Blurb from Goodreads:
Extremely successful executive, Lou Suffern is always overstretched, immune to the holiday spirit that delights everyone around him. The classic workaholic who never has a moment to spare, he is always multitasking while shortchanging his devoted wife and their adorable children. And ever since he started competing for a big promotion, he has barely seen his family at all.
One frigid morning in an uncharacteristic burst of generosity, he buys a cup of coffee for Gabe, a homeless man huddled outside his office building. Inspired by his own unexpected act of kindness, Lou decides to prolong his charitable streak and contrives to get Gabe a job in his company’s mailroom. But when Gabe begins to meddle in Lou’s life, the helping hand appears to be a serious mistake. Gabe seems to know more about Lou than Lou does about himself, and, perhaps more disturbingly, Gabe always seems to be in two places at once.
With Lou’s personal and professional fates at important crossroads and Christmas looming, Gabe resorts to some unorthodox methods to show his stubborn patron what truly matters and how precious the gift of time is. But can he help him fix what’s broken before it’s too late?
My reading experience:
Lou is a despicable character, truly. He has all the attributes of a workaholic businessman who wears his family like a trophy. He is one of those men that constantly complains about a lack of time, when really he is unable to prioritise and blames everything and everyone else for it – mostly his family. It won’t have slipped your mind that his name bears an uncanny resemblance to a dark biblical character. But you know what, I love this story. This broken man is so far from being happy and yet he manages to pull it back, well, sort of, with the help of Gabe (again, name resembling a biblical character that brings light). This book is about a lesson in what truly counts, and when things are manic, when gift buying and entertaining the children is frantic, when work is just overwhelming, and organising who sits where at the Christmas table all gets a bit much, this is a reminder that none of that stuff is what life is really all about. Love is what really counts.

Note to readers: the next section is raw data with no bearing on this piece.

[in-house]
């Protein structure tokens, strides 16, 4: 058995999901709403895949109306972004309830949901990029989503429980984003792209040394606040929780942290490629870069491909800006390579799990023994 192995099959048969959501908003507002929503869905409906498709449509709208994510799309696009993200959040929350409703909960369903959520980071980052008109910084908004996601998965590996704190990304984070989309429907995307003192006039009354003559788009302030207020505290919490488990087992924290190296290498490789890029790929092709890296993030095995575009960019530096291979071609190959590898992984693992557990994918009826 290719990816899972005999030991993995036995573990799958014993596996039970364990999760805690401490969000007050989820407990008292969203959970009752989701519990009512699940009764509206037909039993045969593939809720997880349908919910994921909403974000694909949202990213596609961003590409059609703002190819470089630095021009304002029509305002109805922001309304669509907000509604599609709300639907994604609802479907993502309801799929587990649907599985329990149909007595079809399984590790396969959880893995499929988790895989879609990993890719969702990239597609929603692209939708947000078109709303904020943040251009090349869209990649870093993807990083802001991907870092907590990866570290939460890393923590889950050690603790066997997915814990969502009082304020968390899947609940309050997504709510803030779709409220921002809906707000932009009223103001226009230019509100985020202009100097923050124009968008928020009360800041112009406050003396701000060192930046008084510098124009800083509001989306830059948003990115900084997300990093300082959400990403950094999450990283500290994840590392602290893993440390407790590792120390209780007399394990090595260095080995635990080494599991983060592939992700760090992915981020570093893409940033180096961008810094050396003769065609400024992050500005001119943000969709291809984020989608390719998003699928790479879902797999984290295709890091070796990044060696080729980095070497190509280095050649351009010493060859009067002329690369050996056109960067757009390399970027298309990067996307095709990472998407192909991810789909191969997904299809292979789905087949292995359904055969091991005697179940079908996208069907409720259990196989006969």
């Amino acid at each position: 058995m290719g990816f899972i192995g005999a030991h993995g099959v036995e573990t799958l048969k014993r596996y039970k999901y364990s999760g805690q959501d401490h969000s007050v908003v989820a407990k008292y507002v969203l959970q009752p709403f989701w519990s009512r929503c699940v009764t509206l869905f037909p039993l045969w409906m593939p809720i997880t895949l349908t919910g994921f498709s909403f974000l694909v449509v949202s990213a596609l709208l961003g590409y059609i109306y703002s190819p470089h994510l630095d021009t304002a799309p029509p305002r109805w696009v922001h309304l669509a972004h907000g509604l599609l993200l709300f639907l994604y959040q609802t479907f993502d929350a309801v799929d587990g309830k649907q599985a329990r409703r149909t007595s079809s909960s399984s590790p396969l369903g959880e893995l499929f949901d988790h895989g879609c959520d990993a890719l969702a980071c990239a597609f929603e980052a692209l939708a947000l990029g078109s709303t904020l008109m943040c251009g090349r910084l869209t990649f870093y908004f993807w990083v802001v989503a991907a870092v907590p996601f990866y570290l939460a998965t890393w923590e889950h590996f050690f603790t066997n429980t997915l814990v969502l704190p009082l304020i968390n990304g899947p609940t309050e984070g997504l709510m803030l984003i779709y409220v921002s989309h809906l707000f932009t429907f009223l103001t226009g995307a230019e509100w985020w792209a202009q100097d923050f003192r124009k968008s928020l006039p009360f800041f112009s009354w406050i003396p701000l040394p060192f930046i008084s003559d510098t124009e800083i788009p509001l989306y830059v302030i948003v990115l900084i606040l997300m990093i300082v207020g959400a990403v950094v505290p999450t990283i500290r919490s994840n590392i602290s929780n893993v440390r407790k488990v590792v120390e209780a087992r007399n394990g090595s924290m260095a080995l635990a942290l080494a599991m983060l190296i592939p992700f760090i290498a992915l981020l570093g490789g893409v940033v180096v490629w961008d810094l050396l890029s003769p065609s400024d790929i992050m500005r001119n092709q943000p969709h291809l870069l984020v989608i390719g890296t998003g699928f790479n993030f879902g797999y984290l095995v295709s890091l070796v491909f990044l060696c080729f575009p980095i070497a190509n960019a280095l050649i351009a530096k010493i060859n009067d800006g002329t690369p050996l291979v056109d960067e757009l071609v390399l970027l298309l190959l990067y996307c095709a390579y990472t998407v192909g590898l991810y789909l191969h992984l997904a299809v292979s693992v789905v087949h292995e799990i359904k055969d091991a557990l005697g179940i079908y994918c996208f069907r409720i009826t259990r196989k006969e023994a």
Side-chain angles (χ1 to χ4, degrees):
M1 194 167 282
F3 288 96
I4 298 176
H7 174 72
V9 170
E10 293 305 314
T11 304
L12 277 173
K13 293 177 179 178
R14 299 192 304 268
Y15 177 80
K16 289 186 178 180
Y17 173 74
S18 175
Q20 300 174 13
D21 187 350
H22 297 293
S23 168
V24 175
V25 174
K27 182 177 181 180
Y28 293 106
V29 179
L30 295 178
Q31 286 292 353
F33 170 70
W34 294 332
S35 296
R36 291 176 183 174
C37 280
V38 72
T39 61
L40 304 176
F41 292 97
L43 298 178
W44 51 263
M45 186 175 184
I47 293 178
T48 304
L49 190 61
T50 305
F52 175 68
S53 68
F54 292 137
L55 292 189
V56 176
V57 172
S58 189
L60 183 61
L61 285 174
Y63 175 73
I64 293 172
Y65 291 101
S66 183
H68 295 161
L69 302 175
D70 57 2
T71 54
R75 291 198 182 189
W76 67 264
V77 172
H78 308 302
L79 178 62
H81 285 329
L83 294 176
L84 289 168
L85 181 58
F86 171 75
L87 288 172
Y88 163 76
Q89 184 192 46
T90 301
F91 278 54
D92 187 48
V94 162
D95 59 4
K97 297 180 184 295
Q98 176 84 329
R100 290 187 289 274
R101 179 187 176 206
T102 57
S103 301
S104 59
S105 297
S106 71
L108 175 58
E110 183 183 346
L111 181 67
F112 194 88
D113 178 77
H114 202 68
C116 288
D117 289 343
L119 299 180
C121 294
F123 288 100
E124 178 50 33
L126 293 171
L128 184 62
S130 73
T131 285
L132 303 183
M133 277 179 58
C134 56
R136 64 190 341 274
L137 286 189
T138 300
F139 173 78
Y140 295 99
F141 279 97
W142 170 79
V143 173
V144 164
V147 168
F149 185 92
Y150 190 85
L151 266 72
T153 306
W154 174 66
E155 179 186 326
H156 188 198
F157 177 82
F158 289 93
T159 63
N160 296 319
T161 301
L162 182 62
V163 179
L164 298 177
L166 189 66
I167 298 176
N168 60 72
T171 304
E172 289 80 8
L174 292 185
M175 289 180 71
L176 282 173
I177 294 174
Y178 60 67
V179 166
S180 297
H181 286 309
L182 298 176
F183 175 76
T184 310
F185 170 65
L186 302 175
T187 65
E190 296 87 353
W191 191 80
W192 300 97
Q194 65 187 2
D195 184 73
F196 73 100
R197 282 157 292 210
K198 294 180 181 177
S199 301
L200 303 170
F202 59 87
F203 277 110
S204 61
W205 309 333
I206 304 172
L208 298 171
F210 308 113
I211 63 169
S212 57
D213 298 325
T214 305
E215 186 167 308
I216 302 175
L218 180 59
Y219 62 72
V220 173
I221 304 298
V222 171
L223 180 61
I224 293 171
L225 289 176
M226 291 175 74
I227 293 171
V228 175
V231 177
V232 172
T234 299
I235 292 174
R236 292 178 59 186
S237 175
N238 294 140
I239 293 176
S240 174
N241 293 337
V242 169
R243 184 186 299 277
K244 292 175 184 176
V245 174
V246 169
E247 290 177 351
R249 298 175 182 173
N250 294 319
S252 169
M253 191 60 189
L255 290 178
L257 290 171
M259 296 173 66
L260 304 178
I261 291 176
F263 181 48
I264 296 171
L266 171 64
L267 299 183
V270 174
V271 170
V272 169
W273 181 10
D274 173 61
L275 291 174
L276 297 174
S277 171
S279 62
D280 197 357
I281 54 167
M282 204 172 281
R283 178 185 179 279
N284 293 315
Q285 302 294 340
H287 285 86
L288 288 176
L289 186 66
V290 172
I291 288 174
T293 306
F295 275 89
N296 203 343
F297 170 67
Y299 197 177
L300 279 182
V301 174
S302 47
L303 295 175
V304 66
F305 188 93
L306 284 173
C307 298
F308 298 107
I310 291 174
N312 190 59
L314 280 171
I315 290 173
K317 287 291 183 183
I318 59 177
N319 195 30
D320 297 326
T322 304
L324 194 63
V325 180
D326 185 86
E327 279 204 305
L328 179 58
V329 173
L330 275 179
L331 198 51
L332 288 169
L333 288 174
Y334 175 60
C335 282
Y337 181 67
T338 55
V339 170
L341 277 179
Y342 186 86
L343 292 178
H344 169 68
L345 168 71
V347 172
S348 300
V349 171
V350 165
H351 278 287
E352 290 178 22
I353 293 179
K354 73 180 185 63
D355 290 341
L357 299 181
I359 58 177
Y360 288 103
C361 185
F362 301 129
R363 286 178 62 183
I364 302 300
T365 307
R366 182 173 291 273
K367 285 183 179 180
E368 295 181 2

This is a prime example of how books are valuable to the people who they carry meaning for, and in my case, I will be collecting editions of this book in 2017. Rare books doesn’t necessarily mean ‘old’ – The National Library of Scotland defines it as:
“From a book collector’s point of view, a rare book is ‘a book you want badly and can’t find’, or a book that is ‘important, desirable and hard to get’. However, there is no clear-cut definition of what makes a book a rare book. Even different libraries and booksellers employ different criteria. The terms ‘rare’, ‘antiquarian’ and ‘old’ are not clearly defined or indeed distinguished.
The rarity of a book has different aspects, too: ‘rarity’ can refer to the way the book is supposed to be handled, to the number of existing copies, and to its value.”
Christmas lights are being switched on all over Great Britain, so I’m not too early in wishing everyone a Merry Christmas …
My book edition info:
Paperback, 320 pages
Published 2009 by Harper Collins (first published January 1st 2008)